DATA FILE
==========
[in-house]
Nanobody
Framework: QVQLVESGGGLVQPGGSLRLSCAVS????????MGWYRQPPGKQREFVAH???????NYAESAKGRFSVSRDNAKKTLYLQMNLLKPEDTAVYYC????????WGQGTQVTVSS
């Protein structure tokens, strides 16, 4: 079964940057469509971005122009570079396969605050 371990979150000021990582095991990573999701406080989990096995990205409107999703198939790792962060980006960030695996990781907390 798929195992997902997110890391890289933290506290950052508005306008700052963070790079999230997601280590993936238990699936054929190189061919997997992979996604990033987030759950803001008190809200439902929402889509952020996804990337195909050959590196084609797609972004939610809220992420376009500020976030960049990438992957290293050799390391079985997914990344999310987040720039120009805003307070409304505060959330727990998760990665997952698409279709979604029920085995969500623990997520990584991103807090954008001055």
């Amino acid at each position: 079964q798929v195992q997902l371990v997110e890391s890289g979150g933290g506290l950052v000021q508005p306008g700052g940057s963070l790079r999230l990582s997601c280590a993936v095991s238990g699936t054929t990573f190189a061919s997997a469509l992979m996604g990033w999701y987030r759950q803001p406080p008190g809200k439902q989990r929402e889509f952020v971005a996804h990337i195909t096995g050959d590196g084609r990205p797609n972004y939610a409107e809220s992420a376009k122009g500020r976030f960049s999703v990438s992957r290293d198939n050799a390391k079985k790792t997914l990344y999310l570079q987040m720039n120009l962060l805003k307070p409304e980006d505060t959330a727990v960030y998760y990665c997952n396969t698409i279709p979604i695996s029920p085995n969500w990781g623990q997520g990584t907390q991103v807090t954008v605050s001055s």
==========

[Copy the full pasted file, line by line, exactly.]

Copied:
[in-house]
Nanobody
Framework: QVQLVESGGGLVQPGGSLRLSCAVS????????MGWYRQPPGKQREFVAH???????NYAESAKGRFSVSRDNAKKTLYLQMNLLKPEDTAVYYC????????WGQGTQVTVSS
């Protein structure tokens, strides 16, 4: 079964940057469509971005122009570079396969605050 371990979150000021990582095991990573999701406080989990096995990205409107999703198939790792962060980006960030695996990781907390 798929195992997902997110890391890289933290506290950052508005306008700052963070790079999230997601280590993936238990699936054929190189061919997997992979996604990033987030759950803001008190809200439902929402889509952020996804990337195909050959590196084609797609972004939610809220992420376009500020976030960049990438992957290293050799390391079985997914990344999310987040720039120009805003307070409304505060959330727990998760990665997952698409279709979604029920085995969500623990997520990584991103807090954008001055």
């Amino acid at each position: 079964q798929v195992q997902l371990v997110e890391s890289g979150g933290g506290l950052v000021q508005p306008g700052g940057s963070l790079r999230l990582s997601c280590a993936v095991s238990g699936t054929t990573f190189a061919s997997a469509l992979m996604g990033w999701y987030r759950q803001p406080p008190g809200k439902q989990r929402e889509f952020v971005a996804h990337i195909t096995g050959d590196g084609r990205p797609n972004y939610a409107e809220s992420a376009k122009g500020r976030f960049s999703v990438s992957r290293d198939n050799a390391k079985k790792t997914l990344y999310l570079q987040m720039n120009l962060l805003k307070p409304e980006d505060t959330a727990v960030y998760y990665c997952n396969t698409i279709p979604i695996s029920p085995n969500w990781g623990q997520g990584t907390q991103v807090t954008v605050s001055s």